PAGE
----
|Wilson, J - UGA|
Submitted to: World Health Organization
Publication Type: Proceedings
Publication Acceptance Date: December 20, 2000
Publication Date: N/A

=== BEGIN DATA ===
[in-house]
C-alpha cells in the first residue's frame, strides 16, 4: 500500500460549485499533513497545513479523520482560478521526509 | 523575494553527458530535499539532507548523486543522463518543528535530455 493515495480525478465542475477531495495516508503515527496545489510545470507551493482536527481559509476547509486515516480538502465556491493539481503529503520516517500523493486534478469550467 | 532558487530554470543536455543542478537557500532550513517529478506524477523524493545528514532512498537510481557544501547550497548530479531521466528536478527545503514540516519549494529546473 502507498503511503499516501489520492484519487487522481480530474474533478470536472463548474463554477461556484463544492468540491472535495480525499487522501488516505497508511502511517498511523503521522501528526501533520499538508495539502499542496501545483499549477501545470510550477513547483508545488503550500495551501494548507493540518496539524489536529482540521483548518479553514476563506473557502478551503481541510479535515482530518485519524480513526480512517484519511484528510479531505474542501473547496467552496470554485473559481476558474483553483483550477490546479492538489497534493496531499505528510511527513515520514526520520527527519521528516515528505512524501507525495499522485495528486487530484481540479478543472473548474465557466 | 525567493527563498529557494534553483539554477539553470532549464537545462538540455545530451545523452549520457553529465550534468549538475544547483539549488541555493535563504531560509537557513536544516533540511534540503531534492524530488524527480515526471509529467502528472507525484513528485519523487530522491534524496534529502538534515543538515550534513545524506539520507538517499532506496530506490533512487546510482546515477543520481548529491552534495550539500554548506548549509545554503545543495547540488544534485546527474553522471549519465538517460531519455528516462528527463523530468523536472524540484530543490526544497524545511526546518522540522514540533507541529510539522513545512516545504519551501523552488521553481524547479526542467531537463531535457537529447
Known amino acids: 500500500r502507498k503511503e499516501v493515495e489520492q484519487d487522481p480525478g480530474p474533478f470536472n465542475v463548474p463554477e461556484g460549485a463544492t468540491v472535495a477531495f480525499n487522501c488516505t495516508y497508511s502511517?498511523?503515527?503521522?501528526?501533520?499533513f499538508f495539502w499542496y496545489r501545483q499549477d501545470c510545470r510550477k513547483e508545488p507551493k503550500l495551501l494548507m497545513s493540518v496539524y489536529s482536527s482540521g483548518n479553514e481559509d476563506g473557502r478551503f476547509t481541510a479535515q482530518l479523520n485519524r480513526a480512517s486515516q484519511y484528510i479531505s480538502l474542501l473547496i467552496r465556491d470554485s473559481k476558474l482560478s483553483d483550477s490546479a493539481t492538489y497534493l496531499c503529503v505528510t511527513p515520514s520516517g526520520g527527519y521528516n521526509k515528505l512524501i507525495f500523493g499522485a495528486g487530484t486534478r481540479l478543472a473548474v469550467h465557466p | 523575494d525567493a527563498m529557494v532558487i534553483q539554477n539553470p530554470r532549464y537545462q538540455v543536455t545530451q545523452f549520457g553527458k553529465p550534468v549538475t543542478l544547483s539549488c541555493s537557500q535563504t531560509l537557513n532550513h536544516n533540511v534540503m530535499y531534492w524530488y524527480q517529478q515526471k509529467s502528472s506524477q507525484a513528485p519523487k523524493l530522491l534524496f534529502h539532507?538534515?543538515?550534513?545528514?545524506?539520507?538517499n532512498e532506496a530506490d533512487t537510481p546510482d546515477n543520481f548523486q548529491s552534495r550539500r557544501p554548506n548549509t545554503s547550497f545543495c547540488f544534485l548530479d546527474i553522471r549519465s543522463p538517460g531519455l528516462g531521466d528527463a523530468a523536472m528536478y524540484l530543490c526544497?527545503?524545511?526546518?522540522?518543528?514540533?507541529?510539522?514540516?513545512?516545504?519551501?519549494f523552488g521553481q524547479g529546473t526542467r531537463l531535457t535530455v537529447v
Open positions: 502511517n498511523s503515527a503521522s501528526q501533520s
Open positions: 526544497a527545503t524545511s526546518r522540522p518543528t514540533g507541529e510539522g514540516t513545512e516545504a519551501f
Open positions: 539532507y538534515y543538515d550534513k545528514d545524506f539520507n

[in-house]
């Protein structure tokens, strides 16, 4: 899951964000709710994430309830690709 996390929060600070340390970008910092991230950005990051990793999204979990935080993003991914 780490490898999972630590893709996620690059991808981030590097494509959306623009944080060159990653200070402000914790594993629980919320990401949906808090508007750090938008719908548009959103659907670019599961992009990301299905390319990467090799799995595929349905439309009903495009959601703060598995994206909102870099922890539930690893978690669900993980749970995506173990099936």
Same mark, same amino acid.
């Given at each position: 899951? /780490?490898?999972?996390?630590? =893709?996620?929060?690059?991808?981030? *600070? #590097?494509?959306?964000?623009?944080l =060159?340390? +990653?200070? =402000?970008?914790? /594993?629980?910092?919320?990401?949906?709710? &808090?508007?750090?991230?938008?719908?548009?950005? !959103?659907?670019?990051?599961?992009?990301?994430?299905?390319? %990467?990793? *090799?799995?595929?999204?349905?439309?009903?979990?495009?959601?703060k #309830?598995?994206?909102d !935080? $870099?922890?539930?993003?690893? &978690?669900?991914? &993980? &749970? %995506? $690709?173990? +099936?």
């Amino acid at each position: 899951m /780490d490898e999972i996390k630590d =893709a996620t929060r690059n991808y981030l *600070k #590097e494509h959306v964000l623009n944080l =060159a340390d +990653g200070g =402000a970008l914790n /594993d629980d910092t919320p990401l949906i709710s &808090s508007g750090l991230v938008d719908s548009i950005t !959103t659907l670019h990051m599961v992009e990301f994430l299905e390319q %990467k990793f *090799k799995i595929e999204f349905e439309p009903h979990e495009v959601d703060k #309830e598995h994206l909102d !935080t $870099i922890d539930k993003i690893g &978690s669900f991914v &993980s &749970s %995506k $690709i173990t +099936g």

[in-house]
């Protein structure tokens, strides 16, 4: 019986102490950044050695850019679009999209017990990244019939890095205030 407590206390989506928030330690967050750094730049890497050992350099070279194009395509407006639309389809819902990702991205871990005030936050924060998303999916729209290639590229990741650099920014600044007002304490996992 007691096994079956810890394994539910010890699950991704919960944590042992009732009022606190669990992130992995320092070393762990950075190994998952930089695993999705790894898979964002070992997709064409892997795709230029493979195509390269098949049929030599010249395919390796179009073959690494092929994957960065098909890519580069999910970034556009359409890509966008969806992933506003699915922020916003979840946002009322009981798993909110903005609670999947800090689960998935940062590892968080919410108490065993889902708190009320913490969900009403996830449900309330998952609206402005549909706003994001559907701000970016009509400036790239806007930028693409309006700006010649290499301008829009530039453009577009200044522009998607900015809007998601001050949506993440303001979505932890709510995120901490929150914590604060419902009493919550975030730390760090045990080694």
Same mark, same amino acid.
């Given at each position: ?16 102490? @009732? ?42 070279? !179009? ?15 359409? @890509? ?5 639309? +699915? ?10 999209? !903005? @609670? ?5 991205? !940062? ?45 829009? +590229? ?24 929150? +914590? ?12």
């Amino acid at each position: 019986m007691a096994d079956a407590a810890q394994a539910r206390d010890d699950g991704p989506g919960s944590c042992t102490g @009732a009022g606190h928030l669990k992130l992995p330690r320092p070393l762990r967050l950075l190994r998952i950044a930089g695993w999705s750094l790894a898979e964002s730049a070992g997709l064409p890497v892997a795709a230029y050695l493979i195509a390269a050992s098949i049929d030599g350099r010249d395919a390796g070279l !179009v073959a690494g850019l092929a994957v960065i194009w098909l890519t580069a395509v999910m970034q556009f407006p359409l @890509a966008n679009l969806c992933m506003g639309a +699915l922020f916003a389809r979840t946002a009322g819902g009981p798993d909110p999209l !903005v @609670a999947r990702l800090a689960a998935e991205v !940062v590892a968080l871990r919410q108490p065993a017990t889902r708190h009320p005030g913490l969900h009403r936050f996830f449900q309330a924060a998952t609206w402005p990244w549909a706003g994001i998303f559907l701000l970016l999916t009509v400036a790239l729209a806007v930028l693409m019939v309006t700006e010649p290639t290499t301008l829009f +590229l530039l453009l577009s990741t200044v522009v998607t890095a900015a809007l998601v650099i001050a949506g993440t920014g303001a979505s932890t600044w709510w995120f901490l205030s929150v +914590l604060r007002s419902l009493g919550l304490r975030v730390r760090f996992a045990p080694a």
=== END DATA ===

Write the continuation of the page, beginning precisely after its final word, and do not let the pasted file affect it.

Technical Abstract: For many decades, commercial poultry feed and feed ingredients were thought to be the primary contributors to the salmonellae contamination of poultry. Most poultry producers believed that if salmonellae could be eliminated from the feed, the problem would be solved. Unfortunately, the situation was not, and presently is not, that simple. Many studies have shown that Salmonella serotypes found on the final product (the fully processed broiler carcass) predominately originate from sources other than feed and usually these sources are hatcheries, breeder flocks, or litter. Transmission of Campylobacter jejuni from the parent breeder flock through the egg has been dismissed as source of entry into the broiler flock primarily because Campylobacter have not been cultured from hatchery samples or from newly hatched chicks. Campylobacter were isolated from fresh droppings from both the parent flock and broiler flock which were many miles apart. DNA sequencing provided conclusive evidence that these isolates of Campylobacter from both flocks were of clonal origin. As a result of these findings, future intervention strategies must consider the breeder hen, the egg and the hatcheries as critical points of Campylobacter entry into broiler flocks.